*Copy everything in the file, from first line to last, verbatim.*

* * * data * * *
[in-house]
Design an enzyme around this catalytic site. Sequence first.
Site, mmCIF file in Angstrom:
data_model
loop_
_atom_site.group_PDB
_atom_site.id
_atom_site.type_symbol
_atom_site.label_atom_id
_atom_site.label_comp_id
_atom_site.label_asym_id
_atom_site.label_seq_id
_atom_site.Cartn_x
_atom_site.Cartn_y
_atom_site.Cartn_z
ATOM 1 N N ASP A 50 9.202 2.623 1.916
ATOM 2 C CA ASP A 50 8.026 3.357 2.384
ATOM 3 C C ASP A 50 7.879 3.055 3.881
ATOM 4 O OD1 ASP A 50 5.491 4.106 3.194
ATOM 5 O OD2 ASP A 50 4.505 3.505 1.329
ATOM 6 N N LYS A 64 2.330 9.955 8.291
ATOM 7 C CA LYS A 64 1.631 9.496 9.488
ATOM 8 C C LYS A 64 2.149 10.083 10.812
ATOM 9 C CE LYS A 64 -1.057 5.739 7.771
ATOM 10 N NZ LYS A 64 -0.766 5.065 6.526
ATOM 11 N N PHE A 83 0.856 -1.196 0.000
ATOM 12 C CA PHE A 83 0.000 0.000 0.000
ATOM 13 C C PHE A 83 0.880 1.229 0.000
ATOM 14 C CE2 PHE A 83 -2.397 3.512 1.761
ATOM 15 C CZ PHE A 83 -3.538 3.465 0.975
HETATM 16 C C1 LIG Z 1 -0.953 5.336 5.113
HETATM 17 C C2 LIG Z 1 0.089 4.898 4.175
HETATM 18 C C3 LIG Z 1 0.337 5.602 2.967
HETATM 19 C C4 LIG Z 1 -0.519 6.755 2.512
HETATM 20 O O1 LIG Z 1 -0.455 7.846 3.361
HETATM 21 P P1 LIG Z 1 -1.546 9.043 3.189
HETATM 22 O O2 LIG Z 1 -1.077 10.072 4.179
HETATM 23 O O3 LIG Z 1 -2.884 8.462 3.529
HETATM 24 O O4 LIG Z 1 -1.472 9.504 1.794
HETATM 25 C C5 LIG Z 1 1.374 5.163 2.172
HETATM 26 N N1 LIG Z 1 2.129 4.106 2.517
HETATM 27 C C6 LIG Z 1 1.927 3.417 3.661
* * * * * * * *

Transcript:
[in-house]
Design an enzyme around this catalytic site. Sequence first.
Site, mmCIF file in Angstrom:
data_model
loop_
_atom_site.group_PDB
_atom_site.id
_atom_site.type_symbol
_atom_site.label_atom_id
_atom_site.label_comp_id
_atom_site.label_asym_id
_atom_site.label_seq_id
_atom_site.Cartn_x
_atom_site.Cartn_y
_atom_site.Cartn_z
ATOM 1 N N ASP A 50 9.202 2.623 1.916
ATOM 2 C CA ASP A 50 8.026 3.357 2.384
ATOM 3 C C ASP A 50 7.879 3.055 3.881
ATOM 4 O OD1 ASP A 50 5.491 4.106 3.194
ATOM 5 O OD2 ASP A 50 4.505 3.505 1.329
ATOM 6 N N LYS A 64 2.330 9.955 8.291
ATOM 7 C CA LYS A 64 1.631 9.496 9.488
ATOM 8 C C LYS A 64 2.149 10.083 10.812
ATOM 9 C CE LYS A 64 -1.057 5.739 7.771
ATOM 10 N NZ LYS A 64 -0.766 5.065 6.526
ATOM 11 N N PHE A 83 0.856 -1.196 0.000
ATOM 12 C CA PHE A 83 0.000 0.000 0.000
ATOM 13 C C PHE A 83 0.880 1.229 0.000
ATOM 14 C CE2 PHE A 83 -2.397 3.512 1.761
ATOM 15 C CZ PHE A 83 -3.538 3.465 0.975
HETATM 16 C C1 LIG Z 1 -0.953 5.336 5.113
HETATM 17 C C2 LIG Z 1 0.089 4.898 4.175
HETATM 18 C C3 LIG Z 1 0.337 5.602 2.967
HETATM 19 C C4 LIG Z 1 -0.519 6.755 2.512
HETATM 20 O O1 LIG Z 1 -0.455 7.846 3.361
HETATM 21 P P1 LIG Z 1 -1.546 9.043 3.189
HETATM 22 O O2 LIG Z 1 -1.077 10.072 4.179
HETATM 23 O O3 LIG Z 1 -2.884 8.462 3.529
HETATM 24 O O4 LIG Z 1 -1.472 9.504 1.794
HETATM 25 C C5 LIG Z 1 1.374 5.163 2.172
HETATM 26 N N1 LIG Z 1 2.129 4.106 2.517
HETATM 27 C C6 LIG Z 1 1.927 3.417 3.661